House Spending Bill for Homeland Security Heavy on Border Wall, Enforcement, and Deportation
On Tuesday, July 11, the House Appropriations Committee released a spending bill for the Department of Homeland Security (DHS). It features increases in spending to both the Customs and Border Patrol (CBP) and Immigration and Customs Enforcement (ICE), agencies of DHS dealing with border enforcement, detention, and deportation.
The bill calls for a CBP budget of $13.8 billion – an increase of $1.6 billion over last year. Specifically, the $1.6 billion is dedicated to building a physical barrier along the southern U.S. border with Mexico. It also calls for the hiring of 500 new CBP agents, new technology, and new aircraft and sensors along the border.
The bill also calls for a $7 billion budget for ICE – an increase of almost $620 million over last year. This will fund the addition of 1,000 new law enforcement agents; programs to combat human trafficking, child exploitation, cybercrime, visa screening, and drug smuggling; and an increase of 4,000 detention beds for immigrants, for a total of 44,000.
Additionally, the budget intends to add 26 communities to the controversial “287(g)” program, which deputizes local police departments to carry out immigration operations. Many cities and towns across the United States have implemented “sanctuary city” laws that specifically prohibit their officers from engaging in such actions.
Many Republicans are praising the budget as making America safer, with a focus on law enforcement and security. Congressman John Carter of Texas stated that this “funding bill provides the resources to begin building a wall along our southern border, enhance our existing border security infrastructure, hire more border patrol agents, and fund detention agents.”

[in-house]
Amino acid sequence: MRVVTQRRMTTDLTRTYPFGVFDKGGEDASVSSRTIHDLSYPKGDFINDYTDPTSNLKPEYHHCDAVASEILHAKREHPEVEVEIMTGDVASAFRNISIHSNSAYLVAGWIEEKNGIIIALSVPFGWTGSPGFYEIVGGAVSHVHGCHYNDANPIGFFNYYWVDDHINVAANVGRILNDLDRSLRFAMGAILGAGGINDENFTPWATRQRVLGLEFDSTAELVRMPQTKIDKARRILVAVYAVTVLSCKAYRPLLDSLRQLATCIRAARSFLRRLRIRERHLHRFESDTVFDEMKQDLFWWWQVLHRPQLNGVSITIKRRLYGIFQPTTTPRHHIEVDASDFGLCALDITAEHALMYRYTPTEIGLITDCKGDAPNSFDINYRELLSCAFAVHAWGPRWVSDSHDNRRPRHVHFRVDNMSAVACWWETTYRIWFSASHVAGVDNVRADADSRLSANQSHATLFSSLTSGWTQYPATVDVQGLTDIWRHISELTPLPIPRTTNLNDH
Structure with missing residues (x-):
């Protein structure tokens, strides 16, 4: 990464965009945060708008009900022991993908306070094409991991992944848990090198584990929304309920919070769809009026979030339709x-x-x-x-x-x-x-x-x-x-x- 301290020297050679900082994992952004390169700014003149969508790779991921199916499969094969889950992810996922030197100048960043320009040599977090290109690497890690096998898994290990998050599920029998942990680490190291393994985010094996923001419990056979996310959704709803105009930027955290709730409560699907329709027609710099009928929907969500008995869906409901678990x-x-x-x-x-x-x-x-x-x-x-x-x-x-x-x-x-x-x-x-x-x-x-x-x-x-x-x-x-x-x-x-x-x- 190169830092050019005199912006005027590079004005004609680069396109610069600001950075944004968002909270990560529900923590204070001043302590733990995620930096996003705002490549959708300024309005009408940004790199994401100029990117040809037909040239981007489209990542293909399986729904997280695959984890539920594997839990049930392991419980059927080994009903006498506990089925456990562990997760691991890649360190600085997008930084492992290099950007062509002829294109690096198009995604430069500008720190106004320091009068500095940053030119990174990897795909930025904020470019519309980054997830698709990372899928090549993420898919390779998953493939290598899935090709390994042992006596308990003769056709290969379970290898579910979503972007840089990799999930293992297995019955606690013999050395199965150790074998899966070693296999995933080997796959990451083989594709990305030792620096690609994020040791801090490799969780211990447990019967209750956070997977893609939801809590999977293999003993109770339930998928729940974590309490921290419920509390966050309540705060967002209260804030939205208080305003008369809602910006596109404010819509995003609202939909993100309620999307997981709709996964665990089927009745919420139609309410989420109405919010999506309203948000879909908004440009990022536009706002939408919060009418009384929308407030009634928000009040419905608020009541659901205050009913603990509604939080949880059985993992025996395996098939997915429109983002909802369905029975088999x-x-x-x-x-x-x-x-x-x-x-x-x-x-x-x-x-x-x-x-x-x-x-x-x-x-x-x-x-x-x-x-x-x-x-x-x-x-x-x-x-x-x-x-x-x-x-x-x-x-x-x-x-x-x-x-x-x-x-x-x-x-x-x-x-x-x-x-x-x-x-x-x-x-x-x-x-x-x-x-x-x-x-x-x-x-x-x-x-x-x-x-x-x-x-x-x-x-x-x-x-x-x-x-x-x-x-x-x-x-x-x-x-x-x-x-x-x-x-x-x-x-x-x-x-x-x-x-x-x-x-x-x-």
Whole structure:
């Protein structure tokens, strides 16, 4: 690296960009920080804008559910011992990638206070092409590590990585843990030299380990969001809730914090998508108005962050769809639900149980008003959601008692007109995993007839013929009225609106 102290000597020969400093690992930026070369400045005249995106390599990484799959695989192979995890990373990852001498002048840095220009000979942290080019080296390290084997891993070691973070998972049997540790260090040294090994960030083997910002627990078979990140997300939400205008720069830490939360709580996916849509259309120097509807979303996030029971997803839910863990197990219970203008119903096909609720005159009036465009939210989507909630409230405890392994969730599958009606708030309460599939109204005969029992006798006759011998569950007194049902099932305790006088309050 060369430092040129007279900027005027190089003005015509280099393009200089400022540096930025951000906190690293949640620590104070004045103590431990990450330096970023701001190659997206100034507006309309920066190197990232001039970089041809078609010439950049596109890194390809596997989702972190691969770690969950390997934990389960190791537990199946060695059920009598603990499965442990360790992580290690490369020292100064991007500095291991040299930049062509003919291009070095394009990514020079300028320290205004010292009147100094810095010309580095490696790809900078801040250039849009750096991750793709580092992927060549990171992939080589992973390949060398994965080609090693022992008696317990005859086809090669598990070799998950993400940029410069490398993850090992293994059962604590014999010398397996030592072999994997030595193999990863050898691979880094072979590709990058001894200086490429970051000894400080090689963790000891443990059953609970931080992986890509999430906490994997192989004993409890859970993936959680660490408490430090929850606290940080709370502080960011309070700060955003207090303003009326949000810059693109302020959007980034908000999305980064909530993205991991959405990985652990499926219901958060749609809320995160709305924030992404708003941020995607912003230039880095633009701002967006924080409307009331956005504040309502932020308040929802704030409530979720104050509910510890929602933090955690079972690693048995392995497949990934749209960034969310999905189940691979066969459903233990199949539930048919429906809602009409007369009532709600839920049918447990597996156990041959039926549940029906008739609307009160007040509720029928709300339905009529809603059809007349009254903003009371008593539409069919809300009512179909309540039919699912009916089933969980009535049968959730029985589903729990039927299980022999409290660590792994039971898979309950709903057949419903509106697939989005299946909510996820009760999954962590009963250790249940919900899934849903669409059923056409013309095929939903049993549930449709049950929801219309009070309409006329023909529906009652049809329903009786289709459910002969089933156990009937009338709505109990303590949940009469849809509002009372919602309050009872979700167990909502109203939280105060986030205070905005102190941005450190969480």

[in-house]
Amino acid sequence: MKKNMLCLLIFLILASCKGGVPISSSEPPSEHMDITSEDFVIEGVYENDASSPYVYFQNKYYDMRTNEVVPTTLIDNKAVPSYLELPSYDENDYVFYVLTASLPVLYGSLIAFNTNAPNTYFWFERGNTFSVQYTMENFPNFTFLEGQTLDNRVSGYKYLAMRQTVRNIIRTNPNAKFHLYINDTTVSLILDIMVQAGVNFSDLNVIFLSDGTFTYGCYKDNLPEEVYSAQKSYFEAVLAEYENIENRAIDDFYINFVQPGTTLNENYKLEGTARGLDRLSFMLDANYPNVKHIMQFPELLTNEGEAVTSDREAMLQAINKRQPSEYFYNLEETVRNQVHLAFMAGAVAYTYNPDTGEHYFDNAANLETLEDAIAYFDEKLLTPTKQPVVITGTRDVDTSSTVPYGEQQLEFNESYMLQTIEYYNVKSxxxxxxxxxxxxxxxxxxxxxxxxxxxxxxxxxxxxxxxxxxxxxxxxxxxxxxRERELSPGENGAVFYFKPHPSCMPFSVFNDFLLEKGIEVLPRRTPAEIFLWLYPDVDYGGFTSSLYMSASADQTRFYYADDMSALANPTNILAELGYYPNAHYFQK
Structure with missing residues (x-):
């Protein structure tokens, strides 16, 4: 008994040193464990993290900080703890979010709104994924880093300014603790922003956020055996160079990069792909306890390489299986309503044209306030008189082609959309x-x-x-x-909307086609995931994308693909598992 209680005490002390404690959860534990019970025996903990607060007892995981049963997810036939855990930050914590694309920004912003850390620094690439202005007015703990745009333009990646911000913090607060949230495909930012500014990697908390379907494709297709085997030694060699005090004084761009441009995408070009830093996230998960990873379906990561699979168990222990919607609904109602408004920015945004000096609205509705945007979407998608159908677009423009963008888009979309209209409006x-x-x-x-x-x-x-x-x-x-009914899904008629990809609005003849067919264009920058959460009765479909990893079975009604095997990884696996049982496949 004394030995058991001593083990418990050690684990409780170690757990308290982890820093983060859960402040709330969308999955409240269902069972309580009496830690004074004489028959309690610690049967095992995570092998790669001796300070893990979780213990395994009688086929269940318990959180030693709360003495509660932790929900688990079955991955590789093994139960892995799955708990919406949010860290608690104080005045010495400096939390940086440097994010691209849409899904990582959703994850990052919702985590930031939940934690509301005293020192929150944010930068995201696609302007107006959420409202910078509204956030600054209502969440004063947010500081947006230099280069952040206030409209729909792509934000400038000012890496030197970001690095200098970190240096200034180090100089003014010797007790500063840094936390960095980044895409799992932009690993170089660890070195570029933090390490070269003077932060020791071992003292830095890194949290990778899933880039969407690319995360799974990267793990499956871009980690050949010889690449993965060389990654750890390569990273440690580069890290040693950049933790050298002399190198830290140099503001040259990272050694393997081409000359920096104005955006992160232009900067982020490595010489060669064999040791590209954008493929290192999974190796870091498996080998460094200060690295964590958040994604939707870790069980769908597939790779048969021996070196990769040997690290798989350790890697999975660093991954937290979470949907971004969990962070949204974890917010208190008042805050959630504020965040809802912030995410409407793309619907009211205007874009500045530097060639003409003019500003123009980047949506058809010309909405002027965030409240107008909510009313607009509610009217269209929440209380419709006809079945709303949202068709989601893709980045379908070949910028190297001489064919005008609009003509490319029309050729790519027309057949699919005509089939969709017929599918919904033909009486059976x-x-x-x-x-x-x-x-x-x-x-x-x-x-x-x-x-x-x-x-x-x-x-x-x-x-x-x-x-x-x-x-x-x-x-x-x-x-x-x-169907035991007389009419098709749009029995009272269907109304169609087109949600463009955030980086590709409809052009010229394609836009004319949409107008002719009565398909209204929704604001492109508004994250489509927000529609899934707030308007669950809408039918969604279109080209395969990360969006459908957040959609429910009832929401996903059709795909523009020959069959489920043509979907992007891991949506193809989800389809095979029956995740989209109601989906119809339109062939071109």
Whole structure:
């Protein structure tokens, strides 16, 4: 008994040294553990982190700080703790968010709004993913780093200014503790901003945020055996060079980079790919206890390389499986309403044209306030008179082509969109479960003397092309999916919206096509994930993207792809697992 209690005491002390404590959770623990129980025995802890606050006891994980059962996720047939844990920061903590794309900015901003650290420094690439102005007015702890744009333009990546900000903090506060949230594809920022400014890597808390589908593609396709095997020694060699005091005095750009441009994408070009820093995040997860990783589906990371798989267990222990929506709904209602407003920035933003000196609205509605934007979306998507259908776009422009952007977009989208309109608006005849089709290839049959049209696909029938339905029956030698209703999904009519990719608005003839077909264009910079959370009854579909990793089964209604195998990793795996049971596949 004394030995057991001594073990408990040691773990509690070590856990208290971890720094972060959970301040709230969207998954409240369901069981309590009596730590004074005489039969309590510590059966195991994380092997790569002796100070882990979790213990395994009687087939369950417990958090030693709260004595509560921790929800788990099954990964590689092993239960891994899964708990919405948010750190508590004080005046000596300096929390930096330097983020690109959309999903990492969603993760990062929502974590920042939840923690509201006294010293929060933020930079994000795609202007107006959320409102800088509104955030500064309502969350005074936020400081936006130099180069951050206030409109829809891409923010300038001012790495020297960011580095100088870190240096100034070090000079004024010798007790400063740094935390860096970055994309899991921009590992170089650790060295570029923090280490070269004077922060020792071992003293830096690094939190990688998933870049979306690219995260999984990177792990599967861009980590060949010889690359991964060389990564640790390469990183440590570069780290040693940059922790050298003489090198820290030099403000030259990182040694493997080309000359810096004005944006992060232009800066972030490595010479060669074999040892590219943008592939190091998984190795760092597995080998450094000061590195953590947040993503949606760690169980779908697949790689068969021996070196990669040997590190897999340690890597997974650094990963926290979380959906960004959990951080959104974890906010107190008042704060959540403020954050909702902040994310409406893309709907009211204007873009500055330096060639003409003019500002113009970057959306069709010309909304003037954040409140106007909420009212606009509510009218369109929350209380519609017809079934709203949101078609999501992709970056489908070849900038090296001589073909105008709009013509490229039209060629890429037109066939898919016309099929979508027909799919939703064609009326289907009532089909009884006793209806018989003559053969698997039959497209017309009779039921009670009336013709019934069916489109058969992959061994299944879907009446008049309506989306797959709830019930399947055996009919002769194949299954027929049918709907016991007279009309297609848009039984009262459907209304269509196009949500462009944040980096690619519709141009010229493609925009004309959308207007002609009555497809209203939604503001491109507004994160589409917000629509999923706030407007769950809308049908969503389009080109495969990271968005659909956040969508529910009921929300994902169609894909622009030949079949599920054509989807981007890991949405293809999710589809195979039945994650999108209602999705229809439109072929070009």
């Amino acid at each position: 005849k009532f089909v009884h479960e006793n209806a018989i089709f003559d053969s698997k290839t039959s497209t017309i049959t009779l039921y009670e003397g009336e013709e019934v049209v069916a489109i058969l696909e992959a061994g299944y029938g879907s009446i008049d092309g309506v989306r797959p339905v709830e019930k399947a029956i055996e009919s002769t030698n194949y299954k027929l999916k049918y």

Meanwhile, immigrants’ rights groups are strongly denouncing the bill. Annaluisa Padilla, President of the American Immigration Lawyers Association, stated: “Leaders in the House have caved in to President Trump’s demand for billions in funding for an enormous, mean-spirited and unproductive deportation force that comes at the expense of vitally important domestic programs.” She went on to say that, given “the Administration’s change in enforcement priorities, ICE is ripping families apart and deporting people who are contributing members of our communities. Handing over billions in taxpayer dollars for huge increases in the nation’s already massive immigration detention system, funding an unnecessary and impractical wall, and adding 1,500 enforcement agents serves no rational purpose and is an abrogation of Congress’s duty to the American people to spend their money wisely.”
Other agencies, including the Transportation Security Administration and the Secret Service, were allocated budgets below last year’s levels.
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